JEL: E52 F30 F41
    Date: 2015–01–01
  3. By: Arnoud Stevens (Research Department, NBB)
    Abstract: Should the central bank seek to identify the underlying causes of oil price hikes in determining appropriate policy responses to them? Most likely not. Within a calibrated new-Keynesian model of Oil-Importing and Oil-Producing Countries, I derive the Ramsey policy and analyze optimal monetary policy responses to different sources of oil price fluctuations. I find that oil-specific demand and supply shocks call for similar policy responses, given the low substitutability of oil in production and the incompleteness of international asset markets.
    Keywords: Oil Prices, Optimal Monetary Policy, Ramsey Approach,Welfare Analysis
    JEL: E52 E61 Q43
    Date: 2015–01
  4. By: Gieck, Jana
    Abstract: The impact of unconventional monetary policies on exchange rates and its spillovers to other economies is not yet fully understood. In this paper I develop a two-country DSGE model with interbank markets and endogenous default probabilities to analyze the cross-border impacts of unconventional monetary policy. I examine the impact of two unconventional measures commonly used: central bank liquidity injections and asset swaps. I find that liquidity injections lead to a short run appreciation of domestic currency, but a mild long run depreciation. In contrast, asset swaps cause a short run depreciation of domestic currency, but a long run appreciation. Lastly, when both countries coordinate on the implementation of unconventional policies, the model yields the following results: Non-coordinated liquidity injections lead to higher increases with respect to output and inflation variation, but have negative spillovers on the other economy in terms of lower growth. By contrast, coordinating asset swaps leads to higher increases in output and lower fluctuation in inflation in both countries. The results of this paper suggest that coordination in unconventional monetary policy may not always yield an optimal outcome, and macroeconomic outcomes in both countries depend crucially on the choice of instrument.
    Keywords: Unconventional Monetary Policy,Quantitative Easing,Asset Swaps,Open Economy DSGE,Currency Wars,Policy Coordination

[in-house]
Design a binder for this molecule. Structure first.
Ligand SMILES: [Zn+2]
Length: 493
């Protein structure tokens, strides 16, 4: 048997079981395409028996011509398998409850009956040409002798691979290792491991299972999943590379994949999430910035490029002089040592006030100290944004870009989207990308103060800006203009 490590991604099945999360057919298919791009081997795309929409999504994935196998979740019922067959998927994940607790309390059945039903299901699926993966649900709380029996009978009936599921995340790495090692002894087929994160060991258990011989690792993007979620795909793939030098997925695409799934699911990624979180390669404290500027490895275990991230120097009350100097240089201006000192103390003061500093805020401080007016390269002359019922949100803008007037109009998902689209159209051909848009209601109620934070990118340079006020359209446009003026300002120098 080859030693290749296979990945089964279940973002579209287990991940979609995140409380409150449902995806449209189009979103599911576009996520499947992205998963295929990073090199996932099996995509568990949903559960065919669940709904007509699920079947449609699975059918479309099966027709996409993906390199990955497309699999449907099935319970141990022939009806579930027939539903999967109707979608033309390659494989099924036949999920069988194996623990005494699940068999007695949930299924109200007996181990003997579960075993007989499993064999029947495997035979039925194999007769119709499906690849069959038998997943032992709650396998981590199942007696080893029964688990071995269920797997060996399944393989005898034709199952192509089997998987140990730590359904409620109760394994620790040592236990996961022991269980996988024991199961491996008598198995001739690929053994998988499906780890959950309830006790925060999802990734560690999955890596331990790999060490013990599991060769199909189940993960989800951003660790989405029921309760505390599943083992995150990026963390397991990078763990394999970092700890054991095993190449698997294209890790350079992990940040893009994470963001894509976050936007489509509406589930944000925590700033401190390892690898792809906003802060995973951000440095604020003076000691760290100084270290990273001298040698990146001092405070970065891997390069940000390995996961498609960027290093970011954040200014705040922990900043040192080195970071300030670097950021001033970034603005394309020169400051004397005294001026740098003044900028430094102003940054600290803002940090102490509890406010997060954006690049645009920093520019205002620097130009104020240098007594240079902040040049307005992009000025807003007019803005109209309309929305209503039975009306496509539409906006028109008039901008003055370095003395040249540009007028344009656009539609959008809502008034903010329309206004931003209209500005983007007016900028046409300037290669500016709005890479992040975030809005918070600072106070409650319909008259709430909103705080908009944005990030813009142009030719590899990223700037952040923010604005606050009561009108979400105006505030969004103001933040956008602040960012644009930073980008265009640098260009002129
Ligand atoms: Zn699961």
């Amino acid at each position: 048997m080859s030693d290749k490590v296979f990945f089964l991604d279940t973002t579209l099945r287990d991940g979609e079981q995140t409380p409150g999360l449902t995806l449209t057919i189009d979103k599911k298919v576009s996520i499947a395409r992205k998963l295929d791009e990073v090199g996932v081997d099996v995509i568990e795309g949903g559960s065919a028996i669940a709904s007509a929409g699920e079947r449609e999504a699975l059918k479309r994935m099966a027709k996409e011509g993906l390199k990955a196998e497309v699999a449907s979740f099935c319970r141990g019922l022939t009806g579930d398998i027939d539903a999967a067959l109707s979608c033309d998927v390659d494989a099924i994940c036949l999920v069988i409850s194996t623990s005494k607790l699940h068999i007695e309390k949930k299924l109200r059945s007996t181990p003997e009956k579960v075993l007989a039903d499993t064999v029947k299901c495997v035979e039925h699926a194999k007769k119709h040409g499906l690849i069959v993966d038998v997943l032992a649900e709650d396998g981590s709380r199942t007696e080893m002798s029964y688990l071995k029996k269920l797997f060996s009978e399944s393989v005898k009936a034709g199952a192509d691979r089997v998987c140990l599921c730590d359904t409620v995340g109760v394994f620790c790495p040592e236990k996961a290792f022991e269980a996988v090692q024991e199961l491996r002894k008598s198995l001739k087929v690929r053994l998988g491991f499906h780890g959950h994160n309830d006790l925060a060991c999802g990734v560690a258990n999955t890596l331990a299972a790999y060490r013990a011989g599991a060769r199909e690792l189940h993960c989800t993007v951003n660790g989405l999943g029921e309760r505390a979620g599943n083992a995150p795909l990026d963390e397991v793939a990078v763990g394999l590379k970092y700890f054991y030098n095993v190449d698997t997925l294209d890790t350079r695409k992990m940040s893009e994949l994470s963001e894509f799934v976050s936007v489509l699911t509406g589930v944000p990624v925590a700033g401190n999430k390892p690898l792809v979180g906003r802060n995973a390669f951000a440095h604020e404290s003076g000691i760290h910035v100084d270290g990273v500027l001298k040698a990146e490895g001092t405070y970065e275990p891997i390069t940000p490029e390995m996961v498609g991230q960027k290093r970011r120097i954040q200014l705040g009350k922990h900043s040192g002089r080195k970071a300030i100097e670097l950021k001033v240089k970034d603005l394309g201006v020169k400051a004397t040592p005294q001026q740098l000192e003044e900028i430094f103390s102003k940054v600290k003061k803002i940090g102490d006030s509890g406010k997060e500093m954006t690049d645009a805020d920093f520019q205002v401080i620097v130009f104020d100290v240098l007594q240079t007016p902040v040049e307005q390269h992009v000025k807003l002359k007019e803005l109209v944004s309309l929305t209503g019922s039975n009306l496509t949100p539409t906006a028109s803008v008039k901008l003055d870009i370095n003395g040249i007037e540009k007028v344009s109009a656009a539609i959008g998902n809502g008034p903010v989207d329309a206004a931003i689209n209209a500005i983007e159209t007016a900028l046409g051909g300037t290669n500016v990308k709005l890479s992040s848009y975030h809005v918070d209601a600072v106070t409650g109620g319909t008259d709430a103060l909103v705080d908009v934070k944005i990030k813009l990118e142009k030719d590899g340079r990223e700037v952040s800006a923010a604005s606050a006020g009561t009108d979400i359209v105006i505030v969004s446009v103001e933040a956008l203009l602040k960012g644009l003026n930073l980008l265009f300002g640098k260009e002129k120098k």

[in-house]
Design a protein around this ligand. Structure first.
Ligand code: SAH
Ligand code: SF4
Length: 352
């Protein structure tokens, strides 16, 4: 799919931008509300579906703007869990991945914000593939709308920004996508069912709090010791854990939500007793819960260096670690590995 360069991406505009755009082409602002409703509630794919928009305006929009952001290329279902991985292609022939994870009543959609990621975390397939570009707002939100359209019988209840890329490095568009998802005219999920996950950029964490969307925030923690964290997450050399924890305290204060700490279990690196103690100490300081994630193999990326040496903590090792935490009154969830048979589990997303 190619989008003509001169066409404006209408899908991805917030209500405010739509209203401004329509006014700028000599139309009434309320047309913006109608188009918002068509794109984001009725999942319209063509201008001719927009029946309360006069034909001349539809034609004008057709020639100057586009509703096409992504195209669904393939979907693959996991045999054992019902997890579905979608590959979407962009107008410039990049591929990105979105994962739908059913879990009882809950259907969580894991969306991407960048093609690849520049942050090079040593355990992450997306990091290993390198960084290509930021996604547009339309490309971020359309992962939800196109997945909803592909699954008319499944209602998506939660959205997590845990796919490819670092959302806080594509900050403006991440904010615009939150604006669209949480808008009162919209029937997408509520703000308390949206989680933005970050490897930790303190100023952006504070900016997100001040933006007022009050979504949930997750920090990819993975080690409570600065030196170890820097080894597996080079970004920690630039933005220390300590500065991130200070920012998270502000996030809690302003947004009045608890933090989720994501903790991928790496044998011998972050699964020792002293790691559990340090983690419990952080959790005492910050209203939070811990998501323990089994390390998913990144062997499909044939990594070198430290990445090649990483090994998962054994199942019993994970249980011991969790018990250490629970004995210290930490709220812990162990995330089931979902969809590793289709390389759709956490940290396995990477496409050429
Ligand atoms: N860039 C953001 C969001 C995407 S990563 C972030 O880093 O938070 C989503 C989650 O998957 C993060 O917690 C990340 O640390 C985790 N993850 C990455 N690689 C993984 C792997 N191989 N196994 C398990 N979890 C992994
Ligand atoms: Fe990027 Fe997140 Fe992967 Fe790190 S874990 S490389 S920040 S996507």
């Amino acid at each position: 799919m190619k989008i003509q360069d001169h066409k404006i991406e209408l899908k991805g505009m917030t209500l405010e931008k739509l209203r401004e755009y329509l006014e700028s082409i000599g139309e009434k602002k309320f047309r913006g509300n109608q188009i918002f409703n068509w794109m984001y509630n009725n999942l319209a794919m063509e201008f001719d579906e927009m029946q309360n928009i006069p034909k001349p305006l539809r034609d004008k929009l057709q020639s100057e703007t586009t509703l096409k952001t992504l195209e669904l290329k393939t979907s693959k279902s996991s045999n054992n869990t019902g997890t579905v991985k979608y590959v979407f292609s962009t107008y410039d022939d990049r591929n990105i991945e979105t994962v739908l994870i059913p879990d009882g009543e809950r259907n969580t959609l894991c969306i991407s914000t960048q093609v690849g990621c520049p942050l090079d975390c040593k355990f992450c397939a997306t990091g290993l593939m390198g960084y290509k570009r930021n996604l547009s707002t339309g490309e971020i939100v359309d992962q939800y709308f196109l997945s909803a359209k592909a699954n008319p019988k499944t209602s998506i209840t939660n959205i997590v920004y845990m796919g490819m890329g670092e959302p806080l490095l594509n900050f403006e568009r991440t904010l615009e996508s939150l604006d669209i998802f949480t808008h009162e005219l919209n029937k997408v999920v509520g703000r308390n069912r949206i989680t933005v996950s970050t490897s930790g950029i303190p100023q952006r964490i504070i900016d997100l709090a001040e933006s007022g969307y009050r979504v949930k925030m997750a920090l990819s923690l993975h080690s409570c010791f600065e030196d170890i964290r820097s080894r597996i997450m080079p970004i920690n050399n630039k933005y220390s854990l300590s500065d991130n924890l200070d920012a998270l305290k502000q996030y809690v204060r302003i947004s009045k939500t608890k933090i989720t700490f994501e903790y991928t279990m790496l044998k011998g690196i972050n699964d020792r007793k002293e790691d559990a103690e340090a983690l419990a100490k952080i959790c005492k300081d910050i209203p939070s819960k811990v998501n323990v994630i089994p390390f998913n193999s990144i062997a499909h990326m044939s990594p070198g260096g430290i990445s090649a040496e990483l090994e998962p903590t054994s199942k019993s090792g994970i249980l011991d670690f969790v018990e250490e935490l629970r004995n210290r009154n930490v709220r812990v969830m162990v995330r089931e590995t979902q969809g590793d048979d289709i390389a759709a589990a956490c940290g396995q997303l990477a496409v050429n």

JEL: E02 E44 E52 G21 G28
    Date: 2014
  5. By: Kawai, Masahiro (Asian Development Bank Institute)
    Abstract: This paper assesses the impact of unconventional United States (US) and Japanese monetary policies on emerging economies, and explores policy coordination issues to promote macroeconomic and financial stability in developed and emerging economies. The paper first considers a theoretical framework that allows us to analyze the impact of one country's monetary policy on other economies. There are two important theoretical predictions. One is that the greater the positive impact of monetary policy easing on a country's real output, the less its beggar-thy-neighbor impact on other countries. The other is that news on future changes in monetary policy can affect exchange rates and stock prices today as financial markets are inherently forward looking. The paper then examines the impact of the US Fed's QE policy on emerging economies, including the introduction of QE, the expectation of its tapering, and the anticipation of an eventual hike in the interest rate. It also discusses the implications of "Abenomics," particularly qualitative and quantitative easing (QQE) by the Bank of Japan (BOJ), for Asian emerging economies. It finds that the impact of BOJ QQE has been positive and, in contrast to US QE1, has not created negative consequences for emerging economies. The paper finally explores policy implications for both developed and emerging economies and suggests policies to be adopted at the country, regional and global levels, emphasizing the importance of communication among central banks and with the market and the need to strengthen global financial safety nets.
    Keywords: monetary policy; quantitative and qualitative easing; monetary policy spillover and coordination; us federal reserve; bank of japan